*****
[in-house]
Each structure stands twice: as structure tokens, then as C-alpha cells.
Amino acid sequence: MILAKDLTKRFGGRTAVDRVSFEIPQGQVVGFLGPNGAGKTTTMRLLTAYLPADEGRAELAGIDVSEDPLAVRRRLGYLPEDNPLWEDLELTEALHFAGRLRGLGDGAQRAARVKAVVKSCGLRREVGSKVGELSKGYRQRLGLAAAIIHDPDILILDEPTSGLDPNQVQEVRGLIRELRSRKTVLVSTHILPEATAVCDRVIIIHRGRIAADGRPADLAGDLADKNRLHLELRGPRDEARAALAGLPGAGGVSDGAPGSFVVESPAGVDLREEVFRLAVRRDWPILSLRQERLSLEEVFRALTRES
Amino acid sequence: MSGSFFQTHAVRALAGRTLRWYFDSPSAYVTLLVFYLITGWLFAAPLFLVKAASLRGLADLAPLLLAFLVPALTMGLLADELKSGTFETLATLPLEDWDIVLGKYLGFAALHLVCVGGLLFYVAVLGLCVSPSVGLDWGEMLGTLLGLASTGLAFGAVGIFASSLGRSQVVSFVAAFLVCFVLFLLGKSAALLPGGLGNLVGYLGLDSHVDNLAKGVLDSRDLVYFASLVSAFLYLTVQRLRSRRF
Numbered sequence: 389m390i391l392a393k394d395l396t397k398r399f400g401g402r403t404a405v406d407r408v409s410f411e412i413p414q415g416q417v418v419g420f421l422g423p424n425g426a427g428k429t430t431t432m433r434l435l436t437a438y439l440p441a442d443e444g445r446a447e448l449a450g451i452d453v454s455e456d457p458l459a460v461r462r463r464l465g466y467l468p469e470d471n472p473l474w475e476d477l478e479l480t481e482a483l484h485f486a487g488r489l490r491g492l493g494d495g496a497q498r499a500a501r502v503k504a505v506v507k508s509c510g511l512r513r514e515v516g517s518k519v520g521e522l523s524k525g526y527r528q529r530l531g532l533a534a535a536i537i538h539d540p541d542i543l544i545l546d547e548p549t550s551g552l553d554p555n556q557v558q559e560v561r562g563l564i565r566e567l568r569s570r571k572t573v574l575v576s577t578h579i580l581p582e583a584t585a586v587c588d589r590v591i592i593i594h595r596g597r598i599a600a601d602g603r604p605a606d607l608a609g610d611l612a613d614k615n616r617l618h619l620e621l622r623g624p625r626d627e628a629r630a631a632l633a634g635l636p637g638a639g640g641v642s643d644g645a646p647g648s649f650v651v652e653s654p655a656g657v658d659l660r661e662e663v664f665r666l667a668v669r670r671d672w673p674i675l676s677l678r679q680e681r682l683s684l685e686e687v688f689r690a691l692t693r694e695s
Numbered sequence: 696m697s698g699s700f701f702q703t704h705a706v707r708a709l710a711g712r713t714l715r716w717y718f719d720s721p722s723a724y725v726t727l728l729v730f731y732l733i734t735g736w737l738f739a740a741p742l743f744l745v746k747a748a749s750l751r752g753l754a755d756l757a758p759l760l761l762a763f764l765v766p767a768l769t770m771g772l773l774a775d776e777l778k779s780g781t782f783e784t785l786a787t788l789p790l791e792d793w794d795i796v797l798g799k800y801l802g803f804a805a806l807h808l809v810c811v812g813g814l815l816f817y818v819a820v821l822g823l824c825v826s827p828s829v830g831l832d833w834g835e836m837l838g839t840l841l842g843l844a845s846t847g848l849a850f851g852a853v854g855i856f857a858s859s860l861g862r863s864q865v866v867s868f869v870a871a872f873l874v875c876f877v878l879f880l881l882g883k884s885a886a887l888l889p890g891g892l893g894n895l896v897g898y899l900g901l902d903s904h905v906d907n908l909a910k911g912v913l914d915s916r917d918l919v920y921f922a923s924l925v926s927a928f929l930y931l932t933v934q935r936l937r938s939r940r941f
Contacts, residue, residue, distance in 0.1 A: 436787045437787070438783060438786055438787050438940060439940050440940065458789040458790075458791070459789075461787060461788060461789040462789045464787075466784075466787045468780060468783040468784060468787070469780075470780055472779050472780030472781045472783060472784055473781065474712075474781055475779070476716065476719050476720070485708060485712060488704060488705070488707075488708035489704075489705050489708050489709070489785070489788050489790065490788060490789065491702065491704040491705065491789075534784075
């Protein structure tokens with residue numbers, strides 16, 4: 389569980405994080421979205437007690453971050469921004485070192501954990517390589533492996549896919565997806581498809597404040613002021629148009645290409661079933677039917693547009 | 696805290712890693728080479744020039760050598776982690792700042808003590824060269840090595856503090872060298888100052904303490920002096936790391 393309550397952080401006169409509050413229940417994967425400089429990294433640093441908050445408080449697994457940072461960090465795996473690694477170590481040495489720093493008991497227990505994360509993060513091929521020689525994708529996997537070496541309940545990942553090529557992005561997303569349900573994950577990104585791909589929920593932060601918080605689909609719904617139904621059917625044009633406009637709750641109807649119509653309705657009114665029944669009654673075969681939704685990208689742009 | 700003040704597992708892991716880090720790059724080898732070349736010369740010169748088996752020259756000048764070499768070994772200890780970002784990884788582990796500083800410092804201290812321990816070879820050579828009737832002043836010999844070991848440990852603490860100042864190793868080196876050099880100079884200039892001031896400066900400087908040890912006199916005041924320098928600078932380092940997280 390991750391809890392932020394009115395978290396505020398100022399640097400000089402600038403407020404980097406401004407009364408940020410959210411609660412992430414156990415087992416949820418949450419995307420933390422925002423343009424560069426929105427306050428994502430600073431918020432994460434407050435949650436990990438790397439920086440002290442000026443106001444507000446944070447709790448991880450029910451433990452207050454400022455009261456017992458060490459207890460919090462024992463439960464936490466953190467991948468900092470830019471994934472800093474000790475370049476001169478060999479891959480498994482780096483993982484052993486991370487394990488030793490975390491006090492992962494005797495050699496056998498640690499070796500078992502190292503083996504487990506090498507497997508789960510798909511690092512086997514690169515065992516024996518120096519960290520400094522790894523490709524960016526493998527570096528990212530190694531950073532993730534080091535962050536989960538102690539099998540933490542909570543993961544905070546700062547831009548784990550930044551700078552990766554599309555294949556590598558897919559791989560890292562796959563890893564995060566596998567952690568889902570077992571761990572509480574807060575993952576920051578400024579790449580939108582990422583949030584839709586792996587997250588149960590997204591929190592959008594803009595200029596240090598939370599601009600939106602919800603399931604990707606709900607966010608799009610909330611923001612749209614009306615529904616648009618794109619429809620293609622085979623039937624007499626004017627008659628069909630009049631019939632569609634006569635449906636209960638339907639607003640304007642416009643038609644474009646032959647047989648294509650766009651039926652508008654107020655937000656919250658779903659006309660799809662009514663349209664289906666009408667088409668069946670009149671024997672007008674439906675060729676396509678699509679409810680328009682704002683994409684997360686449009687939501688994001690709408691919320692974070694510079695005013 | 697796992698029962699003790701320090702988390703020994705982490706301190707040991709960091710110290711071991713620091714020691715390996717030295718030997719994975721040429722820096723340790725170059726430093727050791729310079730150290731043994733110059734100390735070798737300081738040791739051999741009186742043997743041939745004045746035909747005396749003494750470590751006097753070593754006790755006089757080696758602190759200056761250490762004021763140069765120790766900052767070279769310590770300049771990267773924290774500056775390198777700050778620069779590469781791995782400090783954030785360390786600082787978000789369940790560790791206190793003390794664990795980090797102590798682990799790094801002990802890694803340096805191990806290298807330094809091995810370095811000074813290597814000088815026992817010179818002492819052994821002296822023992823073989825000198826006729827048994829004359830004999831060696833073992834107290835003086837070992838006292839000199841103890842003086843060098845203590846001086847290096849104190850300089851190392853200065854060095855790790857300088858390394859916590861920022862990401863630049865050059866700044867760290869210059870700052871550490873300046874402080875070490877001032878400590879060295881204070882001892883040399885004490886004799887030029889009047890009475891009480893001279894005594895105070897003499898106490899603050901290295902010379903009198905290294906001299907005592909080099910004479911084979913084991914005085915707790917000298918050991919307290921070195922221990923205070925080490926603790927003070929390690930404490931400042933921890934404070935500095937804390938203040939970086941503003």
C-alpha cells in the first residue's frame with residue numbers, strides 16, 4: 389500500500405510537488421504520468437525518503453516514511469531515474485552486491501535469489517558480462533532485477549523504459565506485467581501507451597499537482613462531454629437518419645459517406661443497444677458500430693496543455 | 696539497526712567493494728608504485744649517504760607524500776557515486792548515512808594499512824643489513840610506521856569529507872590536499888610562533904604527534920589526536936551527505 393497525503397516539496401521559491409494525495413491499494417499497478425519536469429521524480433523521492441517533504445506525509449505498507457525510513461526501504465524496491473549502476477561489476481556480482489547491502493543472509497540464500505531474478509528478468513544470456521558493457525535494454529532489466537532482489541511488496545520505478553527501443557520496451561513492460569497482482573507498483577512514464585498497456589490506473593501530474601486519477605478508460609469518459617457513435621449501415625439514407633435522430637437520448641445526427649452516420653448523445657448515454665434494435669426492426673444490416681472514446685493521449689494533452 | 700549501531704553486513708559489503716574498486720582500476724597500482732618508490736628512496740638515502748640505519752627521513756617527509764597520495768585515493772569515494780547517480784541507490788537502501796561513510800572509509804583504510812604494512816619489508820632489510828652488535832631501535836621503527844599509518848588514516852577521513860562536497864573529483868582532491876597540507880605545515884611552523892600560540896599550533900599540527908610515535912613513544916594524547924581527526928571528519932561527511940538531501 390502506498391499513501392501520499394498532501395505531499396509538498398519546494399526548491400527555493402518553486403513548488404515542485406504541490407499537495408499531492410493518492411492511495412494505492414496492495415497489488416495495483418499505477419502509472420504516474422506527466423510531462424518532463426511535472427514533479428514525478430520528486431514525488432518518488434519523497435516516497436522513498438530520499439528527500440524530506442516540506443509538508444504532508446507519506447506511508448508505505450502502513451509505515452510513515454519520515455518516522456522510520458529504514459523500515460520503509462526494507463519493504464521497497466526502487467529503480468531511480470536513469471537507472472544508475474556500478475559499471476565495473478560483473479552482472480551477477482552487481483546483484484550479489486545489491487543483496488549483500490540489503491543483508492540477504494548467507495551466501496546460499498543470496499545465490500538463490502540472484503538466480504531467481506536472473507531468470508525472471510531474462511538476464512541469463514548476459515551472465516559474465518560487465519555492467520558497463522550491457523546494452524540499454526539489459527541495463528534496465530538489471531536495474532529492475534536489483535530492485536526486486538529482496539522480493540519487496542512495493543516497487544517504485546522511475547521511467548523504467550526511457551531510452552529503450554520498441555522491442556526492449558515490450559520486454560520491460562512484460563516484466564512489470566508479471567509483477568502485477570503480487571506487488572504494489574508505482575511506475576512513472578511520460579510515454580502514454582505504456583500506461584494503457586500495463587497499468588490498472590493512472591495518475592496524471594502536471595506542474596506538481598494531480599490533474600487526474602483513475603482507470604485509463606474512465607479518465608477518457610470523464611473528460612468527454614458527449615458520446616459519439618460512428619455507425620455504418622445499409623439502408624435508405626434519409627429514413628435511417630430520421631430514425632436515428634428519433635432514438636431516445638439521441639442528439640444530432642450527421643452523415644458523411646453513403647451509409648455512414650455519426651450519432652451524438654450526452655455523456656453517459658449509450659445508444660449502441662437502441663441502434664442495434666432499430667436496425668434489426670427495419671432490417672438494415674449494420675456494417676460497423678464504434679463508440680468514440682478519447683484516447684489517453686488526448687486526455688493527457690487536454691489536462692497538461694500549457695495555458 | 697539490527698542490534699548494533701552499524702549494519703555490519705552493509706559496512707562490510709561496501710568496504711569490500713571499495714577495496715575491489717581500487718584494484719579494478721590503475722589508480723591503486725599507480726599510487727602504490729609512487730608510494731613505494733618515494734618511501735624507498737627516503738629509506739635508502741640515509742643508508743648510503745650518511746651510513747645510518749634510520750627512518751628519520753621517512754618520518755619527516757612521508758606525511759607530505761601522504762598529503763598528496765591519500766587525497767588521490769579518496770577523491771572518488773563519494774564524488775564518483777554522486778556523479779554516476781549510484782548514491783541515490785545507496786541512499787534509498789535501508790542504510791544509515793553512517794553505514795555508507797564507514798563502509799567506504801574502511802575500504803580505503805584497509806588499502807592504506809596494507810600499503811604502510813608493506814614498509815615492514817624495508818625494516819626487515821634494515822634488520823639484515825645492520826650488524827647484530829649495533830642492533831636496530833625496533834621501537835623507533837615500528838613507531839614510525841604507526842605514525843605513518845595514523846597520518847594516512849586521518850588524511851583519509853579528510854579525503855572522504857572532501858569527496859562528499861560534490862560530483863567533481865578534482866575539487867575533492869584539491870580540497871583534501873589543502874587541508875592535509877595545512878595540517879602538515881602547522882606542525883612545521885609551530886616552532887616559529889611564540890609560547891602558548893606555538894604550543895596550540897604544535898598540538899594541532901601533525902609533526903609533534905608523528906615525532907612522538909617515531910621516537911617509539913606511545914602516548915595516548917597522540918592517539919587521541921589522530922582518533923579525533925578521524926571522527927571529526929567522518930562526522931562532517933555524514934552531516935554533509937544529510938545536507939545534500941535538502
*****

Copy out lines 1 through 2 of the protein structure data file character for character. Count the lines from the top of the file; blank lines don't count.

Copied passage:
[in-house]
Each structure stands twice: as structure tokens, then as C-alpha cells.